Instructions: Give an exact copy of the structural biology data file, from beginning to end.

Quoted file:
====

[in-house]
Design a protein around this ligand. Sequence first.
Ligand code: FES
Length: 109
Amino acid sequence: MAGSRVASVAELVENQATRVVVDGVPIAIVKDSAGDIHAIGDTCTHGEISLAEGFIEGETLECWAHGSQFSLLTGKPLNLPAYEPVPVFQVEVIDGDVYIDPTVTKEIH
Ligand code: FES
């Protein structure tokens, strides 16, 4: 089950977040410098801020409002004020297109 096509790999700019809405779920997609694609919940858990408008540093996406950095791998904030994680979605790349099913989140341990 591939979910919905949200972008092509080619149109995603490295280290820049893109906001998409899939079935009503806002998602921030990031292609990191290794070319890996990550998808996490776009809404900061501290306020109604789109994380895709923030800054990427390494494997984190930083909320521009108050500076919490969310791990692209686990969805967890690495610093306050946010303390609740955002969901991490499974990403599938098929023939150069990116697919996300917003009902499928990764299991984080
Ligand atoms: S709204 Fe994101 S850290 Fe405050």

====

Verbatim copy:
[in-house]
Design a protein around this ligand. Sequence first.
Ligand code: FES
Length: 109
Amino acid sequence: MAGSRVASVAELVENQATRVVVDGVPIAIVKDSAGDIHAIGDTCTHGEISLAEGFIEGETLECWAHGSQFSLLTGKPLNLPAYEPVPVFQVEVIDGDVYIDPTVTKEIH
Ligand code: FES
């Protein structure tokens, strides 16, 4: 089950977040410098801020409002004020297109 096509790999700019809405779920997609694609919940858990408008540093996406950095791998904030994680979605790349099913989140341990 591939979910919905949200972008092509080619149109995603490295280290820049893109906001998409899939079935009503806002998602921030990031292609990191290794070319890996990550998808996490776009809404900061501290306020109604789109994380895709923030800054990427390494494997984190930083909320521009108050500076919490969310791990692209686990969805967890690495610093306050946010303390609740955002969901991490499974990403599938098929023939150069990116697919996300917003009902499928990764299991984080
Ligand atoms: S709204 Fe994101 S850290 Fe405050």